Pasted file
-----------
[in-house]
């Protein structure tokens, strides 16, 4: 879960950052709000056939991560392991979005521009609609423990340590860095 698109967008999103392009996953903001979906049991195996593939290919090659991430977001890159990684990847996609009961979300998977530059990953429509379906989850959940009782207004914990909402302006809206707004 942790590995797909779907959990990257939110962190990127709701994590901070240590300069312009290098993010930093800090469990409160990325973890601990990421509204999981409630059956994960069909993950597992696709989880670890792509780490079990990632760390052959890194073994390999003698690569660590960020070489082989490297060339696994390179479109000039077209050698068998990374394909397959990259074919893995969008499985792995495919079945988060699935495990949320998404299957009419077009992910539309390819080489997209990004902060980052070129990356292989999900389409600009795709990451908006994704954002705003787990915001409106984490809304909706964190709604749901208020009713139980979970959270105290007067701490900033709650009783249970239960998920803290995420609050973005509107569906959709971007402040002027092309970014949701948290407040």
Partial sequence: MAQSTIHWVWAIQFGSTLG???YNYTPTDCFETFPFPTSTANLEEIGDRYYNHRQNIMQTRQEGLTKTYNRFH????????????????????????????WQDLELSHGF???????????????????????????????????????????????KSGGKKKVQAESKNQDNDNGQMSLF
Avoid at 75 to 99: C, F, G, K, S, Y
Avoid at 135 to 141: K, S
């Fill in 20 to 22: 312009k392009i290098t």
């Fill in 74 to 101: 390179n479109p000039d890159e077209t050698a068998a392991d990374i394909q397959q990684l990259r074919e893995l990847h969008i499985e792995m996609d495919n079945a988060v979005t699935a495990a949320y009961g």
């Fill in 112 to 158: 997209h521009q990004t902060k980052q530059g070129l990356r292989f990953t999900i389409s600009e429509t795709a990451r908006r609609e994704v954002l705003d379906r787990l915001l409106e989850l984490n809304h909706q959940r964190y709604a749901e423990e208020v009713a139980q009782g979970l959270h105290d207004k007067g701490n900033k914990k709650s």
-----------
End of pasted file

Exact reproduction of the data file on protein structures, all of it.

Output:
[in-house]
């Protein structure tokens, strides 16, 4: 879960950052709000056939991560392991979005521009609609423990340590860095 698109967008999103392009996953903001979906049991195996593939290919090659991430977001890159990684990847996609009961979300998977530059990953429509379906989850959940009782207004914990909402302006809206707004 942790590995797909779907959990990257939110962190990127709701994590901070240590300069312009290098993010930093800090469990409160990325973890601990990421509204999981409630059956994960069909993950597992696709989880670890792509780490079990990632760390052959890194073994390999003698690569660590960020070489082989490297060339696994390179479109000039077209050698068998990374394909397959990259074919893995969008499985792995495919079945988060699935495990949320998404299957009419077009992910539309390819080489997209990004902060980052070129990356292989999900389409600009795709990451908006994704954002705003787990915001409106984490809304909706964190709604749901208020009713139980979970959270105290007067701490900033709650009783249970239960998920803290995420609050973005509107569906959709971007402040002027092309970014949701948290407040």
Partial sequence: MAQSTIHWVWAIQFGSTLG???YNYTPTDCFETFPFPTSTANLEEIGDRYYNHRQNIMQTRQEGLTKTYNRFH????????????????????????????WQDLELSHGF???????????????????????????????????????????????KSGGKKKVQAESKNQDNDNGQMSLF
Avoid at 75 to 99: C, F, G, K, S, Y
Avoid at 135 to 141: K, S
């Fill in 20 to 22: 312009k392009i290098t």
């Fill in 74 to 101: 390179n479109p000039d890159e077209t050698a068998a392991d990374i394909q397959q990684l990259r074919e893995l990847h969008i499985e792995m996609d495919n079945a988060v979005t699935a495990a949320y009961g």
């Fill in 112 to 158: 997209h521009q990004t902060k980052q530059g070129l990356r292989f990953t999900i389409s600009e429509t795709a990451r908006r609609e994704v954002l705003d379906r787990l915001l409106e989850l984490n809304h909706q959940r964190y709604a749901e423990e208020v009713a139980q009782g979970l959270h105290d207004k007067g701490n900033k914990k709650s």